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Daunt Books and Wild Swans


I went to Daunt Books in Marylebone for the first time last week. I’m a bit of a tourist when it comes to finding unusual bookshops. I’d heard a lot about it and seen a few of its bags floating around London. The interior is Edwardian according to their website and it was stunning – a mini cathedral of books.

Interior of Daunt Books

Daunt Books, Marylebone

Daunt Books specialises in travel books I believe and this means that many of the books are arranged by geography. As I browsed the shelves, I found travel guides, travel writing, history and fiction from the country concerned. As I am going to China this summer, I gravitated towards that section. I am definitely going to read some Chinese literature and history books before I go, but was feeling a bit overwhelmed by the choice in Daunt at the time. I have since found some suggested reading lists which have helped me narrow it down. Do you have any recommendations?

The only book I have read about China that I can remember is Wild Swans. I read this almost ten years ago now I think, but I still remember the emotional power of it. Written by Jung Chang, this book tells the biographies of three women in one family; Jung Chang’s grandmother, mother and herself. It shows recent Chinese history through the lens of three very personal stories and I found it very moving. I believe that Wild Swans is banned in China. This very interesting interview with Chang suggests that censorship in China is getting worse rather than better. I find it astonishing that general censorship and specifically the Great Firewall of China holds. Maybe one day it will fall but, in the meantime, I will certainly be interested to visit a country that is poised on the edge of being a world power and yet in so many ways is so traditional – no, traditional is not the right word – authoritarian or controlling may be better. I hope the literature I plan to read before I go will help me to understand China a little better than I do now.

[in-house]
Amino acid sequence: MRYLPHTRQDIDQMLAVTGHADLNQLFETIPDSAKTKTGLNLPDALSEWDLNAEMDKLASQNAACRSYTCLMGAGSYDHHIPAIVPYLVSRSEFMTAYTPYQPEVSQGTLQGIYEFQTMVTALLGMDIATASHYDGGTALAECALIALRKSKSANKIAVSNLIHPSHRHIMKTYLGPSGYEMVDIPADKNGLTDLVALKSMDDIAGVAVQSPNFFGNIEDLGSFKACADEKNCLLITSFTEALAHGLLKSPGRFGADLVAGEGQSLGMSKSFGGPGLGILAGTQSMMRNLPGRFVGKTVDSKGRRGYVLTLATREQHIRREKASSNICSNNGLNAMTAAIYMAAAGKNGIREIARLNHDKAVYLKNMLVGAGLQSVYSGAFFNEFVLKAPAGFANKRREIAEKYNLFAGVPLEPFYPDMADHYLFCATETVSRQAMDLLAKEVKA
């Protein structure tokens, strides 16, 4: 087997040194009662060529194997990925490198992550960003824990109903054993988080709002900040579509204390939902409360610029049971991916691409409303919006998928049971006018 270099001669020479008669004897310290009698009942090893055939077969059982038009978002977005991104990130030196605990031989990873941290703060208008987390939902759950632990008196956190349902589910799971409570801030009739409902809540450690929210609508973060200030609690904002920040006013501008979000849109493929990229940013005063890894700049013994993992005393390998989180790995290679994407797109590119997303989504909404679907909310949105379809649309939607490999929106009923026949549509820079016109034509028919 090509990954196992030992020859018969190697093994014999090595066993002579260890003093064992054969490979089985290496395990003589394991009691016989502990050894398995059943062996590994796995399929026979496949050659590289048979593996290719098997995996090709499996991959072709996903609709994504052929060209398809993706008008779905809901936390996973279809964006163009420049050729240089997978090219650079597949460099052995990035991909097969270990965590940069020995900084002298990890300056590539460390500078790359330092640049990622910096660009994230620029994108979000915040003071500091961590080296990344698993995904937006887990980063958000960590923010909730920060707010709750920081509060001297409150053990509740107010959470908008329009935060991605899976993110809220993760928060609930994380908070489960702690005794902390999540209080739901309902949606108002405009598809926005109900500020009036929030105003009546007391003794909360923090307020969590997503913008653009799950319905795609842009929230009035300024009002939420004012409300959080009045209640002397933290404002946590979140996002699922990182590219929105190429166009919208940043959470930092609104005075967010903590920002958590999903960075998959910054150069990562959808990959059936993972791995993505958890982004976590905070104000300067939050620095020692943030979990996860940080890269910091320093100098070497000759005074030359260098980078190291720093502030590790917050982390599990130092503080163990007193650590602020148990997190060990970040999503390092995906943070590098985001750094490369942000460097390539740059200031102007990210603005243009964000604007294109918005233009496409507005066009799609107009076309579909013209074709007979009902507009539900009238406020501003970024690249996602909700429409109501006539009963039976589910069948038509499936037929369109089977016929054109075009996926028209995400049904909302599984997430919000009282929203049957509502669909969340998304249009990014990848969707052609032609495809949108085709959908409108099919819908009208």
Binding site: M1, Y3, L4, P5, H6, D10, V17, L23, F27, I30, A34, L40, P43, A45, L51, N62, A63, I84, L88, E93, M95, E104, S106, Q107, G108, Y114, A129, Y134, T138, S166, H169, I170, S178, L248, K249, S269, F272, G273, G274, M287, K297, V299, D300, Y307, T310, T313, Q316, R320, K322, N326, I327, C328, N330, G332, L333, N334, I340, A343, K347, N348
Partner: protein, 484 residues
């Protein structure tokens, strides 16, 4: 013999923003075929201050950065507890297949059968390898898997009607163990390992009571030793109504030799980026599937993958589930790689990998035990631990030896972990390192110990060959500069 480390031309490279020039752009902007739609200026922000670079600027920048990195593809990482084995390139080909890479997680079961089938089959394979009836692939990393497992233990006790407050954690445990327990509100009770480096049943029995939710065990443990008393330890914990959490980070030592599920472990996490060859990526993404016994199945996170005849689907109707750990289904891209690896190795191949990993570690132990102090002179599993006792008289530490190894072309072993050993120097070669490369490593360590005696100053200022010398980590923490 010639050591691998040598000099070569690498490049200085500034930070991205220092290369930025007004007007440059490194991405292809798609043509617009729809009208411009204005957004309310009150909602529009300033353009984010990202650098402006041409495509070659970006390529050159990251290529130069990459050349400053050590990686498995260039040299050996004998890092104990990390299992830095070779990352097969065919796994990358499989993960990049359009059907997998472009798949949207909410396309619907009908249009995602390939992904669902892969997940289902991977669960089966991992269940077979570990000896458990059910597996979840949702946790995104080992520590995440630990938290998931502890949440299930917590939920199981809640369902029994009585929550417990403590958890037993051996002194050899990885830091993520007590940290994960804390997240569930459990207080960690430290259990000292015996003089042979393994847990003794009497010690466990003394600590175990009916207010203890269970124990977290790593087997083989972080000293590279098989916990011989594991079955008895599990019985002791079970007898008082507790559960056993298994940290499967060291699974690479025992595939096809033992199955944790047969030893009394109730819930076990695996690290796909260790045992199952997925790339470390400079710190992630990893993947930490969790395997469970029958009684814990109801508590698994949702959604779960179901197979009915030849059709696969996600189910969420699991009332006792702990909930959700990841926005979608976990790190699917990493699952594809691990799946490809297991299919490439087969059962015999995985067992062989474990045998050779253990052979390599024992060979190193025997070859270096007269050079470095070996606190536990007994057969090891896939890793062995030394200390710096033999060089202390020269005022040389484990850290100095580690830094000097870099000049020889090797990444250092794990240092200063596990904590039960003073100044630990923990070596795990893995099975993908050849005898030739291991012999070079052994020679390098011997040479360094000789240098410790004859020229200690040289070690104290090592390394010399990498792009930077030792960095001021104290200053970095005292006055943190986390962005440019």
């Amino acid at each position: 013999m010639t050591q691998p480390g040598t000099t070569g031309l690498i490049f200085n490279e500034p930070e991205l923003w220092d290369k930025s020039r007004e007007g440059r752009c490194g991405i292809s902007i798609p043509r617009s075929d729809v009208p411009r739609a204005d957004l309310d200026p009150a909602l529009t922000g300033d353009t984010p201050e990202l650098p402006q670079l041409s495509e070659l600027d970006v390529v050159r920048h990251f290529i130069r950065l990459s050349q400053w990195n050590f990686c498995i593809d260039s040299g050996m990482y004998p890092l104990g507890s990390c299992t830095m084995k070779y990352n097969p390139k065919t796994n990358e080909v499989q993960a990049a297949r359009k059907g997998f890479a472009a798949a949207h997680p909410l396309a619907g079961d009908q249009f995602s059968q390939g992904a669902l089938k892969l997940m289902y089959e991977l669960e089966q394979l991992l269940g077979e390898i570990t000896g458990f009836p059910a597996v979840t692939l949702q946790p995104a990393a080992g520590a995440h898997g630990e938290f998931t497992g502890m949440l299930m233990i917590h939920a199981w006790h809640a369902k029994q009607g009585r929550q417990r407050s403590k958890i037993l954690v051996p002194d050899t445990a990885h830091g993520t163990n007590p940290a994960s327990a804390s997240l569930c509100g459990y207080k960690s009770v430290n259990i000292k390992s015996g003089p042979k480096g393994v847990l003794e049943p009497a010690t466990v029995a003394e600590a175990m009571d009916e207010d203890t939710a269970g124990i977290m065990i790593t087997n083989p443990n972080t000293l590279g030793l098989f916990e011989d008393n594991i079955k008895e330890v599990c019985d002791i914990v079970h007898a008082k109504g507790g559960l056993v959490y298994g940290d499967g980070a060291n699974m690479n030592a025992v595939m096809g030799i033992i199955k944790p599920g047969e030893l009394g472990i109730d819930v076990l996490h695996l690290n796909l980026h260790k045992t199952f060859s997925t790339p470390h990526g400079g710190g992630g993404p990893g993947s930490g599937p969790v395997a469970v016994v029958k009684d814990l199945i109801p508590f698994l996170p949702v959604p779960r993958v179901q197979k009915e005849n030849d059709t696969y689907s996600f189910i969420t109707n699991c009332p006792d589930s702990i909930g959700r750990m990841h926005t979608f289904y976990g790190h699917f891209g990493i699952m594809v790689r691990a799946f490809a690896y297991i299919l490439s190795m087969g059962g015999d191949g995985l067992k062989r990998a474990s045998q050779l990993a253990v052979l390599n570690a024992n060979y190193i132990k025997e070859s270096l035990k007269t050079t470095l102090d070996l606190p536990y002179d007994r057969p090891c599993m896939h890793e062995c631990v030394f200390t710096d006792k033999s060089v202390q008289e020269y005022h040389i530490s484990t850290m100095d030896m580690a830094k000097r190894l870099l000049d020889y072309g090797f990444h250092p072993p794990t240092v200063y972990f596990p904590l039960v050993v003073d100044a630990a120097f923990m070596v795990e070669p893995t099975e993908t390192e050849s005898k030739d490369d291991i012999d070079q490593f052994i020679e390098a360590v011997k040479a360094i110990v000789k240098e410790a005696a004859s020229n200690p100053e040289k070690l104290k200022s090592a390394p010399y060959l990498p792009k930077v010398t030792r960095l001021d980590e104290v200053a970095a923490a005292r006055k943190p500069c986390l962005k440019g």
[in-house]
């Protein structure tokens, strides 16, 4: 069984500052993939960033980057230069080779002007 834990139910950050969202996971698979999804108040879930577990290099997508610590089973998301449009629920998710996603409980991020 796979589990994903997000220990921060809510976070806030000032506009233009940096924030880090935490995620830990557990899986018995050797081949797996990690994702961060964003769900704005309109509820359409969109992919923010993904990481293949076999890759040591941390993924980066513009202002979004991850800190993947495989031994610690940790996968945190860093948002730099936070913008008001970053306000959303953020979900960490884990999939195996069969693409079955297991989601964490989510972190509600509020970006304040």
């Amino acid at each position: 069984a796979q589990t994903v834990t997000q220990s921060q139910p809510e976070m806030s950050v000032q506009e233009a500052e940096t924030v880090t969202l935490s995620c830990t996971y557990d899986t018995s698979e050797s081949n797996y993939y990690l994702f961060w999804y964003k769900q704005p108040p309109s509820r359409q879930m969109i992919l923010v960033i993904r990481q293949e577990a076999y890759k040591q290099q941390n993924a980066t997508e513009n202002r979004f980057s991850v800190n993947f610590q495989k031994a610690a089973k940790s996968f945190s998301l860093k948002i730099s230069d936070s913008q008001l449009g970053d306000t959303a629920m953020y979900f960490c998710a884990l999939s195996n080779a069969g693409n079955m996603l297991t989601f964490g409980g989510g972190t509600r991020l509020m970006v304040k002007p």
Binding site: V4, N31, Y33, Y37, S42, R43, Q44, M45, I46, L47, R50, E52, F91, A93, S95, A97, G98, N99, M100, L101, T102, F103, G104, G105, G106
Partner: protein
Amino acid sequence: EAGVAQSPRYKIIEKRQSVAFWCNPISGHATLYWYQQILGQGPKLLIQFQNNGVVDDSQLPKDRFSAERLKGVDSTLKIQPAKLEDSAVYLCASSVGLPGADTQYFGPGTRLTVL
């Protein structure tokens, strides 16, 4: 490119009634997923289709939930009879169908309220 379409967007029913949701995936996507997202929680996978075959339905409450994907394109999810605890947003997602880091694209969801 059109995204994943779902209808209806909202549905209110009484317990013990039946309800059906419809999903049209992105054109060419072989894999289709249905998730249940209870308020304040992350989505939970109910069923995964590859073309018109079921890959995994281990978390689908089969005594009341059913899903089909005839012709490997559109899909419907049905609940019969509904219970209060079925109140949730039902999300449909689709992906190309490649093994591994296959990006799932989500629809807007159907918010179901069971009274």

3 thoughts on “Daunt Books and Wild Swans

  1. Pingback: China | chestnut book blog

  2. A recommendation, then, from a Daunt’s employee sounds like what you need! I recently read Sea of Ink, a short novel set in China in the aftermath of the collapse of the Ming dynasty, published recently by Peirene Press, and though it was spectacular. Another great piece of historical fiction is Rive of Smoke by Amitav Ghosh, set in Canton (modern Guangzhou and Hong Kong), the second in his projected trilogy set in the run up to the opium war.

    Non fiction I HIGHLY reccomend Fusia Dunlop’s Sharks Fin ans Sichuan Pepper, a memoir/cookbook that will get you in the culinary mood (and starving!), and more historically, Jonathan Fenby’s History of Modern China and Jasper Beckers hisroty of Beijing (all linked below) are great on the more serious side.

    Glad you liked the shop, we hope to see you again soon!

    shameless plugs:

    • Thanks Luke, it certainly was! I’ll check those recommendations out and let you know. I’m also thinking about venturing into The Story of the Stone / Dreams of Red Chamber now I’ve done a bit of research so I’m excited to start reading! Thanks again!

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